Sun gets serious about storage

Determined to establish itself as a premier storage provider for the enterprise, Sun Microsystems this week simplified its storage software offering and rolled out improved storage hardware sharpened by technology licensed from Vicom Systems.

Positioning itself squarely in opposition to Sun's effort, storage software company Veritas Software Corp. this week announced new Sun-compatible ServPoint Appliance Software that Veritas officials claim does everything Sun's storage software can do, only better.

Experts such as Arun Taneja, an analyst at Enterprise Storage Group in Milford, Mass., said that repeated assaults, such as that by Veritas on Sun's potential storage market made the time ripe for Sun to make a stand and defend itself as an enterprise storage vendor.

"Sun is a very strong server player with a very weak storage offering. It has been the least desirable in the market place, which is why EMC, Veritas, and others have had a field day on it," Taneja said. "So Sun is doing the right thing by saying 'Look, stop, I want my unfair share of the storage part of the business because up to now [Sun] has not been getting their [share]."

On the software side, Sun repackaged its 70-plus storage software products into four simplified suites, said Mark Canepa, executive vice president of storage products at Sun, in Burlington, Massachusetts.

"Customers need more focused solutions," said Canepa of the software bundling.

Palo Alto, Calif.-based Sun will now offer four storage software suites, a resource management suite, a utilization suite, a performance suite, and an availability suite, Canepa said.

Two new families of storage subsystems were also introduced by Sun -- Sun StorEdge 3900 series and Sun StorEdge 6900 series, he said.

Designed for high-performance storage environments, the 3900 series is a Fibre Channel product with two direct-attach connections that support up to 11TB of data. The 3900 series comes cluster-ready, and offers advanced management features such as phone-home capabilities in the event of a system failure. It supports Sun's Solaris operating environment as well as Microsoft NT. Support for other Unix flavors such as Linux will follow shortly, Canepa said. The 6900 series is designed for storage consolidation and offers 11TB of storage capacity and as many as 512 LUNs (logical unit numbers) and 14 direct-attach connections.

Both the 3900 and 6900 series are built upon the foundation of Sun's T-3 storage array and have integrated storage virtualization technology for allocating and reassigning storage capacity throughout a Sun storage network. Storage capacity using existing T-3 arrays can be added virtually using software or by physically adding T-3s to the hardware devices.

"If customers have T-3s today they can take those T-3s and open up the door of the box, add another T-3, and augment [the new systems] with existing T-3s," Canepa said.

Software technology from storage virtualization company Vicom, in Fremont, Calif., was licensed by Sun to assist in virtualization as well as expanding previous LUN limitations of the T-3. The Vicom virtualization technology will control primarily Sun-only storage networks, according to Vicom.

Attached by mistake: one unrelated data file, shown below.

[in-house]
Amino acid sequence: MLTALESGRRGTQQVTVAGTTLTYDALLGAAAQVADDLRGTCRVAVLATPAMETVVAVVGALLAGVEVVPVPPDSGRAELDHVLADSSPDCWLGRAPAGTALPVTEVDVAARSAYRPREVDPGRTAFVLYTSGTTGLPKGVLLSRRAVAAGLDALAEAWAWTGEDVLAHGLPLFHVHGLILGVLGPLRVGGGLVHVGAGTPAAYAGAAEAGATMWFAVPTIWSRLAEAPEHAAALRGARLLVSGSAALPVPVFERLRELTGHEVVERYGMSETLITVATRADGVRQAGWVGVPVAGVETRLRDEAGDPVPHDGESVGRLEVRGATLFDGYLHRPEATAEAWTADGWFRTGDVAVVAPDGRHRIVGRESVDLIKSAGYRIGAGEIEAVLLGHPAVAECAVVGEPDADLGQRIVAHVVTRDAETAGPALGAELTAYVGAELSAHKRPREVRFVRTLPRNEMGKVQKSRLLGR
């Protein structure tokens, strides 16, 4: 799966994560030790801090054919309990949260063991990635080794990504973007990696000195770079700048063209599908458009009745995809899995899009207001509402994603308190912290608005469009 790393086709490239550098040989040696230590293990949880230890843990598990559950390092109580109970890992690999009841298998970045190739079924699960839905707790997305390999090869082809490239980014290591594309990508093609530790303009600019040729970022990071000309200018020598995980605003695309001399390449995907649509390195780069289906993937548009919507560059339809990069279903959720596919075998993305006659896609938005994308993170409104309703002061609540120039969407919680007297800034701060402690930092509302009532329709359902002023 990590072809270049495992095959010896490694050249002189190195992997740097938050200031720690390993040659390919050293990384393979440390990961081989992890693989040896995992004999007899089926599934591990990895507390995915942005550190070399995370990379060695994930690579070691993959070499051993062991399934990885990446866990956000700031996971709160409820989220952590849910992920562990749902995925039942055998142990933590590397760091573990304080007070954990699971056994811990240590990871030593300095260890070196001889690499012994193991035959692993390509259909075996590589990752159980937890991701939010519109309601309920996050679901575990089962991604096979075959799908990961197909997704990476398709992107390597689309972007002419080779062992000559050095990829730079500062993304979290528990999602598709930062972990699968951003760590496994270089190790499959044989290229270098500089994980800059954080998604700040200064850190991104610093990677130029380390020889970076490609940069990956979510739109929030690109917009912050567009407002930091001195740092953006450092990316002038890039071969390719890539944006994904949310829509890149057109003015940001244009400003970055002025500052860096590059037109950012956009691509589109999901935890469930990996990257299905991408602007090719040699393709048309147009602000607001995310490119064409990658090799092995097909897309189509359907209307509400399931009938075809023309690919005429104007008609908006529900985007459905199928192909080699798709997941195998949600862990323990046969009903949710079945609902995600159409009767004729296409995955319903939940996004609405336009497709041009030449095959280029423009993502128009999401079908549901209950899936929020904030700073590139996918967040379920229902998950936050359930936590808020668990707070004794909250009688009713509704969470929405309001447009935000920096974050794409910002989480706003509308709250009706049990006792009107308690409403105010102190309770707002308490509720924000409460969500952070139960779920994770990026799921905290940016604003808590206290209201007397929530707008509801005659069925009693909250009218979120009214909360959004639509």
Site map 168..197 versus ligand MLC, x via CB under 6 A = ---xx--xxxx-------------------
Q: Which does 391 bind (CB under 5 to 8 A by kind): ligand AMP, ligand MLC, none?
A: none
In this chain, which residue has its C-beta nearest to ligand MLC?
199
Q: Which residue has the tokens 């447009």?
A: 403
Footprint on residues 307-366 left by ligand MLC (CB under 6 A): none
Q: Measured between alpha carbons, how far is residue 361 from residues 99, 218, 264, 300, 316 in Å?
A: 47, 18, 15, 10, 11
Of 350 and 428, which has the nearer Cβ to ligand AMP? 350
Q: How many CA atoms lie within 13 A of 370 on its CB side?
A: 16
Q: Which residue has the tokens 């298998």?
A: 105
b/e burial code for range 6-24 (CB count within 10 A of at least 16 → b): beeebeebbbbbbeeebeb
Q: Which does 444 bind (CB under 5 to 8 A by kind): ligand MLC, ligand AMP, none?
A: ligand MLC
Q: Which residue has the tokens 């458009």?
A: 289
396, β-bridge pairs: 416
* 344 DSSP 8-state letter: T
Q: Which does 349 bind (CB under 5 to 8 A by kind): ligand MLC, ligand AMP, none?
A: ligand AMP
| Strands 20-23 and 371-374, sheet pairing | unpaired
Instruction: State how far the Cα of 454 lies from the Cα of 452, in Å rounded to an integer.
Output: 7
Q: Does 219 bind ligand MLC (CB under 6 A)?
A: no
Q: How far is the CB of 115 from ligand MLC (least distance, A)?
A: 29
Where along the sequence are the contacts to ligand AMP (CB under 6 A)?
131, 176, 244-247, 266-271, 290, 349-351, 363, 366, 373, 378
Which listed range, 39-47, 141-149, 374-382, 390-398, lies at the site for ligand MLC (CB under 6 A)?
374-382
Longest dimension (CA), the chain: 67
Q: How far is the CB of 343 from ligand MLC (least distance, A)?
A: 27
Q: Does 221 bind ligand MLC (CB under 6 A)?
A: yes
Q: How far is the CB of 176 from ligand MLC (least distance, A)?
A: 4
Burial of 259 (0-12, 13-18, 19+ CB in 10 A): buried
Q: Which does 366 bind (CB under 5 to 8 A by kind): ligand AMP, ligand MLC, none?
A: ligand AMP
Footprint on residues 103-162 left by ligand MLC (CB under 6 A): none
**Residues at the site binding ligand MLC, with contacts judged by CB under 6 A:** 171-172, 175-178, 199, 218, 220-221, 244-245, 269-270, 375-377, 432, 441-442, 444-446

"T-3 has had serious limitations, particularly when it came to the number of LUNs you could create from it. You could only get two LUNs out of it, for example," Enterprise Storage's Taneja said. "The virtualization piece that comes from Vicom essentially gives Sun the ability to create up to 512 LUNs on a T-3, so they are using the Vicom technology as a component to make the T-3 whole."

Veritas officials believe the Mountain View, Calif.-based storage software company is way ahead of Sun in offering storage software tools that can virtualize and control not only T-3s but also third-party systems from other vendors such as IBM, Compaq, and Hewlett-Packard.

Veritas this week added to its storage software arsenal new Veritas ServPoint Appliance Software that it will roll out during the next two months. ServPoint software products for both NAS (network attached storage) and SAN (storage area network) will allow users to assign appliance-like storage serving tasks and storage capacity to mixed-vendor devices within their choice of storage network, said Roland Schmidt, with Veritas' appliance software division. The Veritas software also works with Sun's T-3.

"We're a superset function of the subset function that [Sun] has solved for themselves," Schmidt said.

ServPoint NAS Appliance software for Sun's Solaris operating environment is already available from Veritas. Intel-based and Linux-based versions for the same will arrive within a few months.

Sun works closely with Veritas and licenses many of Veritas' software tools, but for Sun, having a complete in-house storage software stack was vital to building its image as an enterprise storage player.

"Sun needed to present a complete solution from its own arsenal. So even if the Veritas technology, in conjunction with a T-3, solves that problem for Sun, it is not enough from Sun's perspective," Taneja said.

Sun officials are confident the company is now on a level playing field with storage competitors such as IBM, Compaq, and EMC. "I feel very confident that I could walk in to any Fortune 1,000 company and, for the Unix world, give the best storage solution of anybody," Canepa said.

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